Notre-Dame de Paris

Notre-Dame de Paris has become one of the most recognized monuments in France and around the world. With 12 million visitors annually, until of course recently when it caught on fire, you couldn’t visit Paris and not visit Notre Dame. Interest surfaced in this gothic cathedral in 1831, when Victor Hugo published his novel, the Hunchback of Notre Dame, in an effort to save the Cathedral and expose its deteriorating conditions.

Construction of Notre Dame began in 1163, under the ruling of King Louis XVII and Pope Alexander III. Louis IX deposited relics from passion of the Christ during the construction. Relics which included the crown of thorns and a nail from the cross. Throughout the centuries, Notre Dame has endured several restorations and of course, with the most recent fire, it will be a couple of years before it is opened to the public again.

I had the honor of visiting Notre Dame in 2018. This wasn’t one of the main attractions in my list when I traveled to France, but ended being my second favorite place in Paris, after the Louvre Museum. I was vey fortunate to stay in a hotel that was within walking distance to Notre Dame, but do know that there are several other ways to get here, the most easy and common one is by metro. The closest metro station to Notre Dame is the St. Michel-de Notre Dame. Also know, that riding the metro in Paris is easy and safe and clean 🙂

Of course if you know anything about Notre Dame you know that it is a Catholic Church and practitioners still congregate here, specially during Holy week each year. Mass is offered daily and as a visitor, I would suggest just to stay mindful of on-going services. Tourist are not restricted from entering during service and staying respectful is always a good practice (even if you are not Catholic). There are no words that can accurately help me describe the beauty of this cathedral. It is huge, very gothic, and its glass windows are unlike anything I have ever seen. I loved it so much, I went back a second time during my stay there.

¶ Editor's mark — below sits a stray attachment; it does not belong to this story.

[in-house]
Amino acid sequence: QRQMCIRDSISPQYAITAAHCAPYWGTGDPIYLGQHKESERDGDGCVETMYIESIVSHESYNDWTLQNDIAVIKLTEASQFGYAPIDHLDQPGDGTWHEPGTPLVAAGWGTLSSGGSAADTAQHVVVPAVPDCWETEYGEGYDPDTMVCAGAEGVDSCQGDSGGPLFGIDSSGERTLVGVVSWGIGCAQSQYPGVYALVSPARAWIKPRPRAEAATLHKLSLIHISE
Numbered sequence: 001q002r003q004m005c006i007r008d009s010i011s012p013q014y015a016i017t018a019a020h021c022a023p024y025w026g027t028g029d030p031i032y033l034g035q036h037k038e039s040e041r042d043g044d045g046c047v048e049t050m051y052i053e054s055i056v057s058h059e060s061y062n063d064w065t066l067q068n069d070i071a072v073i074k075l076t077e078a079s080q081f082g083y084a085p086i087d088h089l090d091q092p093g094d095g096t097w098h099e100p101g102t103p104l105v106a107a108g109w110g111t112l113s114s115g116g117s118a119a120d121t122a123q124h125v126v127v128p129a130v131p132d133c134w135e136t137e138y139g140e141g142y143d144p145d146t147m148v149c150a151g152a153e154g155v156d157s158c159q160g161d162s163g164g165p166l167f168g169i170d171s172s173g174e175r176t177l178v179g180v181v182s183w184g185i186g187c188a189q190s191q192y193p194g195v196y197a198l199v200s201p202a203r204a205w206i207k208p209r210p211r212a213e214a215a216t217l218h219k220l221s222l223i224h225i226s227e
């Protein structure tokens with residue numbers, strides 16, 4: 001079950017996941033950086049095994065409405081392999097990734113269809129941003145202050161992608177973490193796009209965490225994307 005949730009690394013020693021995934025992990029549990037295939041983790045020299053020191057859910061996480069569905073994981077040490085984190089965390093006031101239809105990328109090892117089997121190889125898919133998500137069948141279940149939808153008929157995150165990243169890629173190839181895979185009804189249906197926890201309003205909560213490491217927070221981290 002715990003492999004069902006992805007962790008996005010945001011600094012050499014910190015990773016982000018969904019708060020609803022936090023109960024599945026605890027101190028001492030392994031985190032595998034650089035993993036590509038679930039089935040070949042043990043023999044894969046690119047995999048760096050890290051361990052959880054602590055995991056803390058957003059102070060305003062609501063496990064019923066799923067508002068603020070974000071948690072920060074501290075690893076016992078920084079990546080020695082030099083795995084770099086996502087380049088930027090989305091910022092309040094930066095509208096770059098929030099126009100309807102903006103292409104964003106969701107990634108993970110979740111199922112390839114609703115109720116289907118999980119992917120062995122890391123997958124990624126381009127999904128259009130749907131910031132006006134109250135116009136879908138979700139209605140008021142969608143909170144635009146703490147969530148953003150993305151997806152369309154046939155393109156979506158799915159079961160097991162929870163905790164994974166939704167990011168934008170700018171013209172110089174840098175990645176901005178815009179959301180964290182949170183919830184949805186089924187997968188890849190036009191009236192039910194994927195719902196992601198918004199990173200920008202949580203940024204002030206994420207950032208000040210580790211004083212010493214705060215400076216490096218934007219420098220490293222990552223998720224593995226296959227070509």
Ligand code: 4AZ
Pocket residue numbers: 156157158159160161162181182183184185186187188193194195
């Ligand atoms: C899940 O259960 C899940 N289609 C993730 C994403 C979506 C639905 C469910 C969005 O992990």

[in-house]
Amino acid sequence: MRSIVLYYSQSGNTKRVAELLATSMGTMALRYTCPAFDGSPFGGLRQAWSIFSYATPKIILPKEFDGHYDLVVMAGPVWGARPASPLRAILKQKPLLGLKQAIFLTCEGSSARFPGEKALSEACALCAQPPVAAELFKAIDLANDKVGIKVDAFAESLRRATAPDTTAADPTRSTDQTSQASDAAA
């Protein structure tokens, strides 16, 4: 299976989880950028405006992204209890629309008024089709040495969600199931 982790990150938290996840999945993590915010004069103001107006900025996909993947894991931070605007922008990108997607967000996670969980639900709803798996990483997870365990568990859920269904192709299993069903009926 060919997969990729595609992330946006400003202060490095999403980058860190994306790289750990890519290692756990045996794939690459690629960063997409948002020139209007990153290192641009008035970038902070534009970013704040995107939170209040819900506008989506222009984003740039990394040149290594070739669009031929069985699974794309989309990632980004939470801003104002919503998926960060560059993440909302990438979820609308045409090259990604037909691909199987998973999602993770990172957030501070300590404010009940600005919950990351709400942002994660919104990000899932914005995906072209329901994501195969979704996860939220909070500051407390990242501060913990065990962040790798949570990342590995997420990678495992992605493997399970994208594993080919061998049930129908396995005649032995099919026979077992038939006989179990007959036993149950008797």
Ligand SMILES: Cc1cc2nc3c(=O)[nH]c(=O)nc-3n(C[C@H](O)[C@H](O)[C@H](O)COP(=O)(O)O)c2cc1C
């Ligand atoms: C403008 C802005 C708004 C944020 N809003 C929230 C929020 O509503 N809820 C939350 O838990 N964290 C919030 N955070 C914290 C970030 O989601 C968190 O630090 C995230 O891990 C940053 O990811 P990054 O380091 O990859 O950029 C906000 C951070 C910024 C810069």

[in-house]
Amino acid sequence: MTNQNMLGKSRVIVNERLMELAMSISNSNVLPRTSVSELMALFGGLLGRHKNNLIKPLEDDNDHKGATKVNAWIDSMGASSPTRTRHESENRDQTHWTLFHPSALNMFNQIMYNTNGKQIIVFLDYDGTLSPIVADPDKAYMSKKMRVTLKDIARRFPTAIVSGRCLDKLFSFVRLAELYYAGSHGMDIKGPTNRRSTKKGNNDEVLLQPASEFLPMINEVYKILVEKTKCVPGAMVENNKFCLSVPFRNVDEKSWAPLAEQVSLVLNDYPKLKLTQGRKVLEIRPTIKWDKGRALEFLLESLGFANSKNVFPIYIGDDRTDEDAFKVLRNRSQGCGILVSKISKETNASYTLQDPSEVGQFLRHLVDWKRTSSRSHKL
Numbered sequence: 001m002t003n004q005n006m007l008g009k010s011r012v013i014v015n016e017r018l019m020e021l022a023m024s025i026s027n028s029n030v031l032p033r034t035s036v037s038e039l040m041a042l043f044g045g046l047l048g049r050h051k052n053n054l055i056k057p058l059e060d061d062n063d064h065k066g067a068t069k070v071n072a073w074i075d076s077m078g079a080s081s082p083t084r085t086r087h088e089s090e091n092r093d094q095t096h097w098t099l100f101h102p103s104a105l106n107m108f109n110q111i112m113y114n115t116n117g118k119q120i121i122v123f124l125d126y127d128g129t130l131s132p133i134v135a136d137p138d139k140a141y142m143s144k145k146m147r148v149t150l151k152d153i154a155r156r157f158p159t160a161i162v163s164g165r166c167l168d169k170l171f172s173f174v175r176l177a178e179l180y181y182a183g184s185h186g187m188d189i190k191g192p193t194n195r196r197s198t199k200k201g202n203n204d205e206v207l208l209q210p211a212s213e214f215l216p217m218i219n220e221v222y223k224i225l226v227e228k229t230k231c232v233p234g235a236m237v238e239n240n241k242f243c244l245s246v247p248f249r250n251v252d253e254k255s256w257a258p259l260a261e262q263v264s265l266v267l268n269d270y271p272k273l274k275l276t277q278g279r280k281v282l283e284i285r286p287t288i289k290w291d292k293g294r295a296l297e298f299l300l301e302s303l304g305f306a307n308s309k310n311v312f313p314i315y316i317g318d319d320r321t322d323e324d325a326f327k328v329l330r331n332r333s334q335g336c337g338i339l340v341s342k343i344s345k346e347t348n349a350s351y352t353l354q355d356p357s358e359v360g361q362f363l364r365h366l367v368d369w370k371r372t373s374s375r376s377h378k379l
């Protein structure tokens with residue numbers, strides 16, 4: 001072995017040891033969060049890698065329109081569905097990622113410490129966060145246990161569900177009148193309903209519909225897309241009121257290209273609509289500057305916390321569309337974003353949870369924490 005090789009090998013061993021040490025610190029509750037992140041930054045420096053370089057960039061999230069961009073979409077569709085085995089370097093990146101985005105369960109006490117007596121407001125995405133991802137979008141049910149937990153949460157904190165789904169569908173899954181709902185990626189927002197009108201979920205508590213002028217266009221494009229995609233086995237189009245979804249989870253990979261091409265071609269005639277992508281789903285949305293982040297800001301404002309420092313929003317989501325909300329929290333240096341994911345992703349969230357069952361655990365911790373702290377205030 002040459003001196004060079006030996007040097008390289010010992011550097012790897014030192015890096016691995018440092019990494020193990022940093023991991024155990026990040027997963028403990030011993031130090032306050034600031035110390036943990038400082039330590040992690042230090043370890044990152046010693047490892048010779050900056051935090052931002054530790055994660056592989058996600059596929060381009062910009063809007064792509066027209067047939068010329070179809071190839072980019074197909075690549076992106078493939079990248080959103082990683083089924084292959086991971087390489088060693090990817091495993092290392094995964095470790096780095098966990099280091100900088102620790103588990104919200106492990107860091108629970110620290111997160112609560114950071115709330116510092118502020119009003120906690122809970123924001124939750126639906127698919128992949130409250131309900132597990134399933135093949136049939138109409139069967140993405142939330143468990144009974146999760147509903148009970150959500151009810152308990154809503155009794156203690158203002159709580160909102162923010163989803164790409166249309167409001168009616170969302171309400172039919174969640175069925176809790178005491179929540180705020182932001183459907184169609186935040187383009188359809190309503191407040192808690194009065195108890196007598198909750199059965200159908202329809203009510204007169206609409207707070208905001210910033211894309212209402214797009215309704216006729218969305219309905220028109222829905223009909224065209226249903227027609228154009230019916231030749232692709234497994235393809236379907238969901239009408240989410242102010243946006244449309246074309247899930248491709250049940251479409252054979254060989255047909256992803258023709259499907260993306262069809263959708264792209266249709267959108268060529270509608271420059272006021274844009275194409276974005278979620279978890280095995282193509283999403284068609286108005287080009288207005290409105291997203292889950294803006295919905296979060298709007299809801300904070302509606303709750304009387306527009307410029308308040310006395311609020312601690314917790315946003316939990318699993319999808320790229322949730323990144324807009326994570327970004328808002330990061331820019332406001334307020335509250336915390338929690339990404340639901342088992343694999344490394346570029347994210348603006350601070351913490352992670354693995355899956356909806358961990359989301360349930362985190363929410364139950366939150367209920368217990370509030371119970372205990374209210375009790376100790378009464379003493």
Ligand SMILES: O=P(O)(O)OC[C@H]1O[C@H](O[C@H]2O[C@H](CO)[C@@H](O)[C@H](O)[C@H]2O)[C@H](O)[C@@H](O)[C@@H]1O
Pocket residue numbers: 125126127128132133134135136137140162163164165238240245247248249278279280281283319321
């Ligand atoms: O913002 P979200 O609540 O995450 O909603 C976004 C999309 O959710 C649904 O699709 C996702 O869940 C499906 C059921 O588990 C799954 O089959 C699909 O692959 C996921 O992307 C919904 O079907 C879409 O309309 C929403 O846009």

The line to enter the cathedral wasn’t too long and the wait wasn’t too bad. Yes, there is a line which can sometimes be very long. I would definitely suggest visiting on a week or days that is not a religious holiday, for these occasions attract many more visitors. There is no cost to enter Notre Dame, pictures are allowed, but food or drinks are prohibited. There was also a display of villagers in one of the wings of the cathedral, which I thought was adorable (you will the pictures below). One of the most fascinating things I found, were the glass windows with depictions of various scenes from the bible, from both the Old Testament and the New Testament. Thankfully, these were saved from the most recent fire. Visitors are also allowed to climb the North Tower, but do know that it’s 387 steps each way and the spiral stairs are narrow. The cost to climb the tower at the time of my visit was $10 Euros. This was all worth it for me, as I got some amazing views on the city on Paris.

Amazing view of Paris from inside the North Tower at Notre Dame

Below are some of the most fascinating pictures I captured during my visit here. I hope to visit again one day, when Notre Dame opens back to the public. I am recommending that when visits are available and you happen to be in Paris, don’t forget to stop by and admire history.


Picture of The Week: Mexico City Airport

I was recently in Mexico City waiting for my flight back to the U.S. and I happened to stumble across this wall inside the airport. Although these types of depictions of Frida Kahlo can be found all around the city, it is the first time I see it at the airport. It’s actually a wall to a store that sells souvenirs.

I am a huge Frida Kahlo fan! I will definitely be sharing a lot of things about my Frida Kahlo findings, sightings, and gems.

Location: Benito Juarez International Airport, Mexico City
May 2019